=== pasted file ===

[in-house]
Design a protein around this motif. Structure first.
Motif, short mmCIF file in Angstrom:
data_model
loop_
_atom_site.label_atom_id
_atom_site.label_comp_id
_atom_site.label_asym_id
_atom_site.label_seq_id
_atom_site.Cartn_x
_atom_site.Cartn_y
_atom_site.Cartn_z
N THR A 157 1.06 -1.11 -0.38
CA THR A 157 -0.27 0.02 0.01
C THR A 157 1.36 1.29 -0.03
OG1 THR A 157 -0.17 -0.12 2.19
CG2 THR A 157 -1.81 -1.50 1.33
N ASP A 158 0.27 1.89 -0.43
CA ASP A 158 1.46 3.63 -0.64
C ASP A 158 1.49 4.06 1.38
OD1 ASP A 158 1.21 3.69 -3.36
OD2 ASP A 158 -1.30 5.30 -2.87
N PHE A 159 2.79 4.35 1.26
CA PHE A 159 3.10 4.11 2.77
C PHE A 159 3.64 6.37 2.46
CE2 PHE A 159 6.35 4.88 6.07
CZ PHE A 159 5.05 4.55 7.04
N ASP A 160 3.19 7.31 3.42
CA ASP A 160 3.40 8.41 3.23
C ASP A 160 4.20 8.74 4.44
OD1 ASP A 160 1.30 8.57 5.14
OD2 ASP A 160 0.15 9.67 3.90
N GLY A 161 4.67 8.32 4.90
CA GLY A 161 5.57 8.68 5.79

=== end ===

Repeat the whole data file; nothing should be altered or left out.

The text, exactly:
[in-house]
Design a protein around this motif. Structure first.
Motif, short mmCIF file in Angstrom:
data_model
loop_
_atom_site.label_atom_id
_atom_site.label_comp_id
_atom_site.label_asym_id
_atom_site.label_seq_id
_atom_site.Cartn_x
_atom_site.Cartn_y
_atom_site.Cartn_z
N THR A 157 1.06 -1.11 -0.38
CA THR A 157 -0.27 0.02 0.01
C THR A 157 1.36 1.29 -0.03
OG1 THR A 157 -0.17 -0.12 2.19
CG2 THR A 157 -1.81 -1.50 1.33
N ASP A 158 0.27 1.89 -0.43
CA ASP A 158 1.46 3.63 -0.64
C ASP A 158 1.49 4.06 1.38
OD1 ASP A 158 1.21 3.69 -3.36
OD2 ASP A 158 -1.30 5.30 -2.87
N PHE A 159 2.79 4.35 1.26
CA PHE A 159 3.10 4.11 2.77
C PHE A 159 3.64 6.37 2.46
CE2 PHE A 159 6.35 4.88 6.07
CZ PHE A 159 5.05 4.55 7.04
N ASP A 160 3.19 7.31 3.42
CA ASP A 160 3.40 8.41 3.23
C ASP A 160 4.20 8.74 4.44
OD1 ASP A 160 1.30 8.57 5.14
OD2 ASP A 160 0.15 9.67 3.90
N GLY A 161 4.67 8.32 4.90
CA GLY A 161 5.57 8.68 5.79